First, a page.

Figuring out who is at fault for a car accident can be hard enough when only two vehicles are involved. But each additional vehicle makes establishing liability much more complicated, as is the case in a chain-reaction crash.
To help you understand who may be at fault following a chain-reaction crash, the Olson Law Firm, LLC, has provided this helpful explainer.
How Do Chain-Reaction Accidents Happen?
While chain-reaction crashes can have any number of causes, some of the most common scenarios include:
- Rear-end collisions – If a car rear-ends the vehicle in front of it in heavy traffic, the second vehicle may lurch forward and hit a third car. Alternatively, if a driver suddenly slams on the brakes, the motorists behind them may not be able to stop in time to avoid a crash, potentially leading to a pileup.
- Collisions while merging or passing – If a driver is not careful while attempting to overtake another vehicle or merging in heavy traffic, they might sideswipe a car next to them. That collision can, in turn, send the struck vehicle into another car nearby.
- Collisions at intersections – Many chain-reaction crashes happen at intersections, where motorists traveling in different directions have to navigate potentially complicated right-of-way rules. One of the most common examples is when a motorist runs a stop sign or light and T-bones the vehicle that had the right of way.
Who Is Liable for Chain-Reaction Crashes?
Establishing liability can be complicated in chain-reaction crashes because multiple parties may share fault. What’s important to remember is that liability is based on negligence, meaning that anyone who failed to take reasonable steps to prevent an accident may be partially liable for it.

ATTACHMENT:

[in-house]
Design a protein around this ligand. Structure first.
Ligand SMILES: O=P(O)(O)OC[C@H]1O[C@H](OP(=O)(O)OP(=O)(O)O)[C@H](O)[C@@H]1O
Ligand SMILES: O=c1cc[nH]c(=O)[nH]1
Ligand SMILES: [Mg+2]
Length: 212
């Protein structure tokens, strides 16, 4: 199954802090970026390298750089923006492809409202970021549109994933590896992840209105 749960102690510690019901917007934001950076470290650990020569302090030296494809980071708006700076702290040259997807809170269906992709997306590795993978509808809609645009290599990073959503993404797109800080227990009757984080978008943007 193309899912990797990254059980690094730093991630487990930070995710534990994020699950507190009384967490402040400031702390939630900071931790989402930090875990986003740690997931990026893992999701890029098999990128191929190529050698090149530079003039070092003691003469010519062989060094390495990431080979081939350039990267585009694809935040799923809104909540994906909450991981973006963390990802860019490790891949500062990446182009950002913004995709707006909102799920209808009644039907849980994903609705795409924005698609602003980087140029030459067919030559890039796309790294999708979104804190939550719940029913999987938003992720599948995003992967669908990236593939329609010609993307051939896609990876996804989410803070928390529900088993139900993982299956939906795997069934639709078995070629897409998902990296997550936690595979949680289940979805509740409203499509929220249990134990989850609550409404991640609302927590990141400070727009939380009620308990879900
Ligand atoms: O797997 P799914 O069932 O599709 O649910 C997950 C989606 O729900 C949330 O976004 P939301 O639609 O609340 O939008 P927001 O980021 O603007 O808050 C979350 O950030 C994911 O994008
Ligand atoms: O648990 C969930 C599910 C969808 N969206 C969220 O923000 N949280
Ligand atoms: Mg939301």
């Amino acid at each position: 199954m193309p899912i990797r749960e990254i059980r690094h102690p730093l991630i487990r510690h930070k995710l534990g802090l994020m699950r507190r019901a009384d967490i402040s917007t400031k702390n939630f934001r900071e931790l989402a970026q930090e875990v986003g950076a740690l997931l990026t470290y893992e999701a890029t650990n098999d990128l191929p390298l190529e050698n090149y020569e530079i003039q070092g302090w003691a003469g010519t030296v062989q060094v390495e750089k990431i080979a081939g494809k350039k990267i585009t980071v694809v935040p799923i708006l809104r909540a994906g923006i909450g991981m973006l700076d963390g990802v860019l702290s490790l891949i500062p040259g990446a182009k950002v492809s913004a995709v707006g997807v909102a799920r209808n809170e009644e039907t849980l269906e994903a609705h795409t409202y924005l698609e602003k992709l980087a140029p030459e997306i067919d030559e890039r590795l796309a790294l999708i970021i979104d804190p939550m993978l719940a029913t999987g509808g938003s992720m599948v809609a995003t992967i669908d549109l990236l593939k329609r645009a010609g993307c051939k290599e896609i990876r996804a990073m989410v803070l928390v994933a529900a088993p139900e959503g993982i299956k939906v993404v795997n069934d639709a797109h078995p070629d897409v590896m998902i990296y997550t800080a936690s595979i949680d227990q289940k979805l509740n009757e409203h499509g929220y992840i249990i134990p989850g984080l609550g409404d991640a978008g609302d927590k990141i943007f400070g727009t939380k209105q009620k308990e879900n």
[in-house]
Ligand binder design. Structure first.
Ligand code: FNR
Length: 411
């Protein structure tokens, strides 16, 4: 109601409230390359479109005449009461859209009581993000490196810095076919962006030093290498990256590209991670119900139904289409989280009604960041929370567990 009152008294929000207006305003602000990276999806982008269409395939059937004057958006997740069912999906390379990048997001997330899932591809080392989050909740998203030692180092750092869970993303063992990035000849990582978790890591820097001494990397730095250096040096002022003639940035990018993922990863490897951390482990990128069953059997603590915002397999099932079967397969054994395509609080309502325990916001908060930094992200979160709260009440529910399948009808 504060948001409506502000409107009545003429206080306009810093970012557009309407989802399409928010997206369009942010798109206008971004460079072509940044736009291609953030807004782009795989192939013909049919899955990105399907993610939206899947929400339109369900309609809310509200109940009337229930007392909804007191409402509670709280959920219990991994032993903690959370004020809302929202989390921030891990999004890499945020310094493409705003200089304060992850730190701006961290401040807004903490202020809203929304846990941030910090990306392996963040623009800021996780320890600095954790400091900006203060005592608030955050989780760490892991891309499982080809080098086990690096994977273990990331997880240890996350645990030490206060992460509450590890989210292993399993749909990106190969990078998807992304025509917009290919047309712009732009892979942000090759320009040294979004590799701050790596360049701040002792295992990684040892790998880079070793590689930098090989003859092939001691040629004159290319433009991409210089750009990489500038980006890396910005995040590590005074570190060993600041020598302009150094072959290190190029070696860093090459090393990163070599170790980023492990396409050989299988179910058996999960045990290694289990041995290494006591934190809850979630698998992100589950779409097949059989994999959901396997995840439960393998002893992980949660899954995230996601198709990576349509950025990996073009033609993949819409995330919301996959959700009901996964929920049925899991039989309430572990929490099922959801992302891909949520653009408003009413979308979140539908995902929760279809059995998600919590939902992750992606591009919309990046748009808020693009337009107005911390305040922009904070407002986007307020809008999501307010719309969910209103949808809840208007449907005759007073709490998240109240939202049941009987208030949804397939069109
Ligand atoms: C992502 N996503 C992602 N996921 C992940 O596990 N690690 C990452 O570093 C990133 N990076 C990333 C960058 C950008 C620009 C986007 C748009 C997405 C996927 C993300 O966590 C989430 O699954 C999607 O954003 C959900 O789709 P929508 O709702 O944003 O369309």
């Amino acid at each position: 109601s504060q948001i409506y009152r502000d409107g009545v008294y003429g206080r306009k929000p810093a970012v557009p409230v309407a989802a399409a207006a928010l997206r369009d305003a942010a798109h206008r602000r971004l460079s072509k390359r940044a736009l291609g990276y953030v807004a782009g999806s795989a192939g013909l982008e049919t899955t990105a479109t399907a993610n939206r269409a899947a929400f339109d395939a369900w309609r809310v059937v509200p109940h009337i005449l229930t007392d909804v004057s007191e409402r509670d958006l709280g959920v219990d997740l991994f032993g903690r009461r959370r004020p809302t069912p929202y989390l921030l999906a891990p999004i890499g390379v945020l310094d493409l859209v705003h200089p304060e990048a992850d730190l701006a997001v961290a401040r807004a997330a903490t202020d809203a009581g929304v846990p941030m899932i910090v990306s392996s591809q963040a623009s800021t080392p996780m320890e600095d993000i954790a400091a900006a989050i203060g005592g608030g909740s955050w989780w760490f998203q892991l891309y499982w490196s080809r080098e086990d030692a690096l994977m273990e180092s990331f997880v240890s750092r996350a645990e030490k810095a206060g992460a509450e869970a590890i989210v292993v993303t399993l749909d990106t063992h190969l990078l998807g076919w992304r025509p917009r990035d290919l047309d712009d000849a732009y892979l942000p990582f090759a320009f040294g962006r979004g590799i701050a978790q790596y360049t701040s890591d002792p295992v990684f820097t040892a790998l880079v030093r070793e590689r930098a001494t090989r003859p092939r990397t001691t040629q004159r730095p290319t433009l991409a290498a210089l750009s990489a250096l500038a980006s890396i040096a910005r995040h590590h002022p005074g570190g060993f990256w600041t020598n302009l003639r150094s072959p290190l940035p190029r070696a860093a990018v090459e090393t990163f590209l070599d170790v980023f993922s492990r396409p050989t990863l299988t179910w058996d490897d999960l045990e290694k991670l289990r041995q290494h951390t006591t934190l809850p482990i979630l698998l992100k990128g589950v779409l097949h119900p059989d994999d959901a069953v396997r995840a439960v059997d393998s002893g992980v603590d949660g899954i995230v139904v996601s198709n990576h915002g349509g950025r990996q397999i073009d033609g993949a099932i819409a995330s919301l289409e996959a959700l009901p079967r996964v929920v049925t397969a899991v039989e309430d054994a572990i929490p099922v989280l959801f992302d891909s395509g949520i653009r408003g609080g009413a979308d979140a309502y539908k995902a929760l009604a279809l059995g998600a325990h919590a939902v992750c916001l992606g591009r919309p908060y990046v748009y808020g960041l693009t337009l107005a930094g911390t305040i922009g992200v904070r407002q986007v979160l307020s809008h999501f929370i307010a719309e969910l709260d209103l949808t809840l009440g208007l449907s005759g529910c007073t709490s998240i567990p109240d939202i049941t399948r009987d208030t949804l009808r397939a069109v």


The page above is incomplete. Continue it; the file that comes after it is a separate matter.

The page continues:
For example, let’s say three vehicles are traveling in a row in the same traffic lane approaching a stop sign. The driver in the middle vehicle is tailgating the lead vehicle and can’t stop in time to avoid hitting it as it brakes, causing a crash that the driver in the rear vehicle also cannot avoid. In this case, the driver of the middle car would likely be found negligent. However, if the driver in the rear car should have been able to avoid the collision had they not been distracted at the time, they might also share a degree of liability for the accident.
In short, it is difficult to say with any degree of certainty which driver may be liable for a given chain-reaction crash without conducting a thorough investigation of the circumstances.
Evidence of Liability for a Chain-Reaction Accident
Some of the types of evidence that can be used to determine liability in a chain-reaction crash include:
- Police accident reports
- Photos from the accident scene
- The accounts of the drivers involved
- Eyewitness testimony
- Reports from forensic accident investigators
- Videos from nearby traffic or surveillance cameras
- Medical records
Why Insurance Companies Don’t Like to Settle Chain-Reaction Accident Claims
Insurance companies often fight claims related to chain-reaction accidents because they know the complexity makes it relatively easy for them to deny or diminish their client’s share of liability. Furthermore, they know that you could have a hard time establishing your claims in court, particularly if you’re handling your case on your own. That is why you need help from a chain-reaction accident lawyer.
Contact Our Experienced Personal Injury Attorneys Today for Help
If you’ve been injured in a chain-reaction crash that was someone else’s fault, you deserve compensation. Contact the Olson Law Firm today for a free consultation with a Denver auto accident attorney.